The Climate Corporation and its innovative technology.
Around the world, entrepreneurs are developing ideas to help farmers and improve farming capabilities. One company in particular is focused on increasing the sustainability and productivity of farming operations, using innovative technologies, data science capabilities and tools - The Climate Corporation. And this morning I'm joined by, President and Chief Operating Officer, Michael Stern. Michael, How was the Climate Corporation initiated and what is its mission?
MICHAEL STERN:The climate corporation started, when founder David Friedberg, about 6 or 7 years ago. He recognized that there were many businesses that were effected by weather.. whether that be bike rentals or golf courses, or ski resorts, he and some others got together and began to work on algorithms that may help better predict weather and how that would effect their business. What David and the team found quickly was, yes, that their technologies could work but the businesses were too small. There weren't enough bike shops, or golf courses in the US to make the business viable. And so they quickly turned their attention to agriculture recognizing that weather is one of the largest variables a grower has to deal with every year. What we're focused on is using data science and software engineering in order to develop algorithms that help growers make informed decisions. Decisions about their farm that are not generated on intuition, but in fact on data to help drive productivity and profitability.
PHIL: And Mike you've told me in the past that the value isn't in the data itself but in the insights from that data. Talk to me a little bit about that.
MICHAEL: I believe we're on the verge of a third great wave of agricultural transition and I call that digital agriculture. And what's driving that is the digitization of the farm. For example, today a through satellite imagery etc, a grower can generate around 7 GB of data per acre on their farm. 10 years ago it cost the grower about $300,000 to just store that data. Today that's about 28 cents and that's quickly going to zero. So my point is that farming and information infrastructure driven by sensors, telephones, iPads, free storage all the things that are going on around consumer electronics are driving the digitization of the farm.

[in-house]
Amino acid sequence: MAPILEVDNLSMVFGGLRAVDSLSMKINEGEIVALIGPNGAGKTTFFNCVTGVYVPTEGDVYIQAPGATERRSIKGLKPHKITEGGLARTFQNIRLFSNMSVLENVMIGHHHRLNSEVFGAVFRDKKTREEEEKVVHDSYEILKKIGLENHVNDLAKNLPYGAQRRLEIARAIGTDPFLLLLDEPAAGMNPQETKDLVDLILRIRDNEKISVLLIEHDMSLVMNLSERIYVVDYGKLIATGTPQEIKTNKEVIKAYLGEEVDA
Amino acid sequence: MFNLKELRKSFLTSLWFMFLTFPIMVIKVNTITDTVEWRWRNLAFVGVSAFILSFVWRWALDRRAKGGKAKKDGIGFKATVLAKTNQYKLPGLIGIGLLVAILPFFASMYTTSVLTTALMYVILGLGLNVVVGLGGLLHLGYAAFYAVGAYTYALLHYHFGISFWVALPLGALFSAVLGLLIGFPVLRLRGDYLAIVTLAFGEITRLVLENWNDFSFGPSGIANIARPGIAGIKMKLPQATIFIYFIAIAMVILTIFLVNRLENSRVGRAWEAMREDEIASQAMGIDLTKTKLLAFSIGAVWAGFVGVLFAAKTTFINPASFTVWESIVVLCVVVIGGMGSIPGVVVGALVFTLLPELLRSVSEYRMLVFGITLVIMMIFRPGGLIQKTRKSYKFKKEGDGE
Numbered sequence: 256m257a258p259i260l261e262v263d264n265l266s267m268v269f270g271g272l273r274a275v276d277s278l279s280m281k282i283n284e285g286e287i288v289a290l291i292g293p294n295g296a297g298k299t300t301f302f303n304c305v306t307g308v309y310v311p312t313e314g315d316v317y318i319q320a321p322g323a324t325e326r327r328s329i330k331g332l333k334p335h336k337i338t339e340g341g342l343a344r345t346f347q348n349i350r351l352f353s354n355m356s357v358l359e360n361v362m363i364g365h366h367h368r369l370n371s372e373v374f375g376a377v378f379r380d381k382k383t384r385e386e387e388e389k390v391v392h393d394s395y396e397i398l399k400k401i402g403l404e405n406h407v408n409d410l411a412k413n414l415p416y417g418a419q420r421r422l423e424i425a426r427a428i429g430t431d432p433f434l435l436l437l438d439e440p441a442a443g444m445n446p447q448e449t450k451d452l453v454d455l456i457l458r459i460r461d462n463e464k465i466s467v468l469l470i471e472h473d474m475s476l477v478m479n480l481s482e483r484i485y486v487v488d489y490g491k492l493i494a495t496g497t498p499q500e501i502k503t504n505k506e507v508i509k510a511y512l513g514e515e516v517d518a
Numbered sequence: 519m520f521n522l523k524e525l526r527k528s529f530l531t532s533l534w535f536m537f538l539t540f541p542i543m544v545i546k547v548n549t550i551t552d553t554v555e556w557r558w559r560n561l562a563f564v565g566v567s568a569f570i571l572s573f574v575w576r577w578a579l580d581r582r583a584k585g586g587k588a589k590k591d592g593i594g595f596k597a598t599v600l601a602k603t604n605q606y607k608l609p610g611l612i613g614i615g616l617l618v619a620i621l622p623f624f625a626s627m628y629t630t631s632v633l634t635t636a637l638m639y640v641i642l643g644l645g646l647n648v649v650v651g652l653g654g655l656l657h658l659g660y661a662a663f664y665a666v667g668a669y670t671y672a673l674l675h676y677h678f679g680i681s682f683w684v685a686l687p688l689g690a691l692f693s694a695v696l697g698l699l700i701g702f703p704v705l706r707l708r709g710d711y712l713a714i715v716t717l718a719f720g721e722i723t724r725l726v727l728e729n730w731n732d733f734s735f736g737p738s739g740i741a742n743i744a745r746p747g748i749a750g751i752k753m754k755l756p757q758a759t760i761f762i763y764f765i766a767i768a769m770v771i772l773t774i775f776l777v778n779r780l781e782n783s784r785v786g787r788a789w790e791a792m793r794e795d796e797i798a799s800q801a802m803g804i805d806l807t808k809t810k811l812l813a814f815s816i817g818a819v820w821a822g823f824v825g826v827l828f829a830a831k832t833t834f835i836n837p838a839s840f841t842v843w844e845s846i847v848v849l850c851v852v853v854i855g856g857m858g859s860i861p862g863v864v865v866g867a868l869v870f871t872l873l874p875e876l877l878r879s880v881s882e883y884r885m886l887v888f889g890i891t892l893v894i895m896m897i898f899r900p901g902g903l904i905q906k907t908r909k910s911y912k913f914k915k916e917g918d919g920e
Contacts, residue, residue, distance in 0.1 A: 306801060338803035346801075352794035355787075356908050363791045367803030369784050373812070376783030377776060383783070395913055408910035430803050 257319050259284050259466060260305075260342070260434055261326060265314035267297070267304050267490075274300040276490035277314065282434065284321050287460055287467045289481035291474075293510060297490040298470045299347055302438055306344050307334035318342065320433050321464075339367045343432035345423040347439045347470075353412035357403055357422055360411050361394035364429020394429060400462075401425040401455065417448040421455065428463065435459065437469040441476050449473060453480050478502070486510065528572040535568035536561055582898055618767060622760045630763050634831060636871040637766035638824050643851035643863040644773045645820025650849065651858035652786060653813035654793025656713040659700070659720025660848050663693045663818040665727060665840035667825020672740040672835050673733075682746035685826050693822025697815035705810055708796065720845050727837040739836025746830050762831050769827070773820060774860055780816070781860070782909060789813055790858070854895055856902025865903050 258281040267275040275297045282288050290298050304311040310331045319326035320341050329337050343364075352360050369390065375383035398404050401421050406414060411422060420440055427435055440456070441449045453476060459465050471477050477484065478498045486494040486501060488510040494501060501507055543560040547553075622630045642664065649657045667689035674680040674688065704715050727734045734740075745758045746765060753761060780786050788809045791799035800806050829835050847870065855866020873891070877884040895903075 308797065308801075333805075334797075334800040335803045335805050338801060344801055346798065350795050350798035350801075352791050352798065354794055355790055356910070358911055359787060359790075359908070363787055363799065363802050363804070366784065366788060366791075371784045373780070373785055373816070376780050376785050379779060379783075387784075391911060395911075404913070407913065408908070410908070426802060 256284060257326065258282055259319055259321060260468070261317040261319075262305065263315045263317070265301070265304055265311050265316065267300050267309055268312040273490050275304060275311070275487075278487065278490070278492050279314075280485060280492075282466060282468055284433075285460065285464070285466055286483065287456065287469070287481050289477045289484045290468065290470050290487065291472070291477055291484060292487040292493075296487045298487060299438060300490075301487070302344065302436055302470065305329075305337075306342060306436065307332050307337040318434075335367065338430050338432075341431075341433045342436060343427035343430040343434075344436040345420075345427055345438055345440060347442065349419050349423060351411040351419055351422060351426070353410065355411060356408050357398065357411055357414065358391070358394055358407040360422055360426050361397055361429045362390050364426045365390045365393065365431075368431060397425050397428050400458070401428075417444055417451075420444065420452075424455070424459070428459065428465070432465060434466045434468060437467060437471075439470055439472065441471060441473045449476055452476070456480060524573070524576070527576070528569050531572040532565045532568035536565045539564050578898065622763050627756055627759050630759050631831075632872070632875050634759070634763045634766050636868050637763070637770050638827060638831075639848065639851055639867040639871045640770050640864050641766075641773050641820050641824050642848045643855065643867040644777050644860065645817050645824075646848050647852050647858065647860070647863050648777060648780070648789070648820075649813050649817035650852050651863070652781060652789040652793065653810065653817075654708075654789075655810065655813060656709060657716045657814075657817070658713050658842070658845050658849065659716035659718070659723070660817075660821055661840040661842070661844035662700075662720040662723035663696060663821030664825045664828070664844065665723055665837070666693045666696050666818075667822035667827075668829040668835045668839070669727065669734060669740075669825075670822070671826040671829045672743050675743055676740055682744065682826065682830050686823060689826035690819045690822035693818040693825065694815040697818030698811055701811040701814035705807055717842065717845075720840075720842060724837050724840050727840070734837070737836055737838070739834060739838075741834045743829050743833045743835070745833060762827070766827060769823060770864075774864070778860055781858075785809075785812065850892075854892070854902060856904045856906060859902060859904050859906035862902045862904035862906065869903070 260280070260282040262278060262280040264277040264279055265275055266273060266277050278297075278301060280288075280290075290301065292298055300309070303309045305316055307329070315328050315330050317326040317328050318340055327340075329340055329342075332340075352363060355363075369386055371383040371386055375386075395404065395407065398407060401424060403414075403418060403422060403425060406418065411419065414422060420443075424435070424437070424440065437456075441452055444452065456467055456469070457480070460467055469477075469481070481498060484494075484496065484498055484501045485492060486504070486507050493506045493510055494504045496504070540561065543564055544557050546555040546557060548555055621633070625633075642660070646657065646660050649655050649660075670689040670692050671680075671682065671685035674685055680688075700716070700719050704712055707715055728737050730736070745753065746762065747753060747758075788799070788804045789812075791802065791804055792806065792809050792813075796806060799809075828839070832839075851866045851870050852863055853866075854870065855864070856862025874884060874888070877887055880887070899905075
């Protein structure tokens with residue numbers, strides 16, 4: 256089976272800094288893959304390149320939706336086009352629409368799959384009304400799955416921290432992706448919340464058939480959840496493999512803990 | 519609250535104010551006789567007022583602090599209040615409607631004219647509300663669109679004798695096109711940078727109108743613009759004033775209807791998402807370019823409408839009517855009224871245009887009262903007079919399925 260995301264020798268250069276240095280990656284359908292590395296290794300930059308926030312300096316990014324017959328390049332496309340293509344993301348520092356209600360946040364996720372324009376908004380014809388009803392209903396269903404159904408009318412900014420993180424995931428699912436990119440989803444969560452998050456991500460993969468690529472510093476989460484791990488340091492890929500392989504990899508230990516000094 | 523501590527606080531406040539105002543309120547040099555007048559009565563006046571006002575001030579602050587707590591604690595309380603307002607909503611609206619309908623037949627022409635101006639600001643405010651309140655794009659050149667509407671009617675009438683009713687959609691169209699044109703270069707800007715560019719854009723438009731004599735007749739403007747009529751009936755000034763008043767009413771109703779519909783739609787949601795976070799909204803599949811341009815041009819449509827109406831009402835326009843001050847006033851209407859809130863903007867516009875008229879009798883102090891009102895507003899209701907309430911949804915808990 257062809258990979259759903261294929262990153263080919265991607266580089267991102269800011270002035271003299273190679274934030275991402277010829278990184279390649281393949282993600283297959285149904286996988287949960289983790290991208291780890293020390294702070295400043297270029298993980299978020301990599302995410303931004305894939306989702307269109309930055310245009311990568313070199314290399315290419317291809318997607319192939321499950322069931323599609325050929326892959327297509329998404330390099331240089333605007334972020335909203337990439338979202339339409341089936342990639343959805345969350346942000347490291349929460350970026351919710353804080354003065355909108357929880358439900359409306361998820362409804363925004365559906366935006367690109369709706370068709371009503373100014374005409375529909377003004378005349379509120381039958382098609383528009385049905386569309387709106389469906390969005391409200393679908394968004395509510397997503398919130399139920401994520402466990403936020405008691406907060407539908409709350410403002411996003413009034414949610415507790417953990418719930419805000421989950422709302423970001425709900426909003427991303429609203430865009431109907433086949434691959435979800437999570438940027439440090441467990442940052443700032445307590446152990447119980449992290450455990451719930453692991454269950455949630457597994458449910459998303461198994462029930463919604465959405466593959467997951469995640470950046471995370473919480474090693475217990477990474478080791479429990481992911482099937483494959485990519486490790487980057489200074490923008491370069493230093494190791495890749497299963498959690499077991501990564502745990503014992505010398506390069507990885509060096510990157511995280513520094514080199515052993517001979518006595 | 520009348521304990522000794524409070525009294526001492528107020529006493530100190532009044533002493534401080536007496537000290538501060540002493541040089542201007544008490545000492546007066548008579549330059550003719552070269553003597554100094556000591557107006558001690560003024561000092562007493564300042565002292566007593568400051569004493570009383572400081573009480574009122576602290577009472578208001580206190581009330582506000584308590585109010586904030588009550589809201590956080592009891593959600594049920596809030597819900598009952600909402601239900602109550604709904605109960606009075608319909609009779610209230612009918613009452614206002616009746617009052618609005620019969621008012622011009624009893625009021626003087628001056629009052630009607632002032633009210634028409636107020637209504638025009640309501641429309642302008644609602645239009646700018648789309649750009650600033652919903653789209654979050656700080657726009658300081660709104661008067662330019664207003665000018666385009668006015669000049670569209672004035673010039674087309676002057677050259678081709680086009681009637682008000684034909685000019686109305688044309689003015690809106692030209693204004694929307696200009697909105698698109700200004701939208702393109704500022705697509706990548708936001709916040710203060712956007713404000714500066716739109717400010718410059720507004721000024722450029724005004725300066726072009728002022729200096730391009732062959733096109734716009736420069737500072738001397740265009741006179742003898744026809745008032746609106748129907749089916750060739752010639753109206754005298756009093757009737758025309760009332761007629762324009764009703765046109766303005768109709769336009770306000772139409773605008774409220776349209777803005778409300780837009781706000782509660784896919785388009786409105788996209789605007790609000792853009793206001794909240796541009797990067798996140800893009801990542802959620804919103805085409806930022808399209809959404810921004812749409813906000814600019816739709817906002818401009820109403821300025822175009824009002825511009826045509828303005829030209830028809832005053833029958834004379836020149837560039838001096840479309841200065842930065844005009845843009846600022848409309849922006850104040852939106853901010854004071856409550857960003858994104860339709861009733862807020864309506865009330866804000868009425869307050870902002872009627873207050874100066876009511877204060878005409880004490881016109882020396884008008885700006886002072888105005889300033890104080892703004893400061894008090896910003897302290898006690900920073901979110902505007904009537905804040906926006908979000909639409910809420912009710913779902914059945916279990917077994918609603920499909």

PHIL: We’re really seeing a lot of differences taking place in water temperature with the oceans, with hurricanes, with all of the so things. And we know that you’re now acquiring other tech startups who are working on solutions such as 640 Labs. Why do you think it’s important to support innovative ideas and to support these innovative startups with the cash they need?
MICHAEL:Our philosophy is, there are some great companies out there with great ideas starting up, And we don't have the NIH syndrome which is "not invented here". We're looking to find what are the great innovative technologies that we can bring in to Climate that will help us drive productivity for farmers and help farmers make better decisions in a proactive way on their farm. 640 Labs is a great example of that. Software engineers that were really looking at "how can we move data around"? So what 640 Labs has developed is a very small device that can plug into any agricultural implement like a tractor or a combine or a sprayer and through GPS and bluetooth technology can instantly transmit the data that's been generated on that field into a cloud. In this case a climate cloud, with the growers consent of course, and now all that information in real time can be visualized. As well as reside in the growers climate account, which then feeds into our models.
I’ve been in agriculture now for 25 years. And I don’t think I’ve ever seen a situation where growers are more interested and even demanding these technology’s come to the farm. So it’s an incredible exciting time to be in agriculture. It’s incredible exciting time to be at the Climate Corporation where we feel we’re at the epicenter of this digital Ag revolution. And it’s all about helping growers become more productive and farm in a more sustainable way. And of course we need that as we see a growing population, decreasing in arable land, in a world that is increasingly hungrier and thirstier.
PHIL: Mike, thanks for joining us. And thanks for the Innovation that the Climate Corporation is bringing us.
Mike: Phil, a pleasure to be here.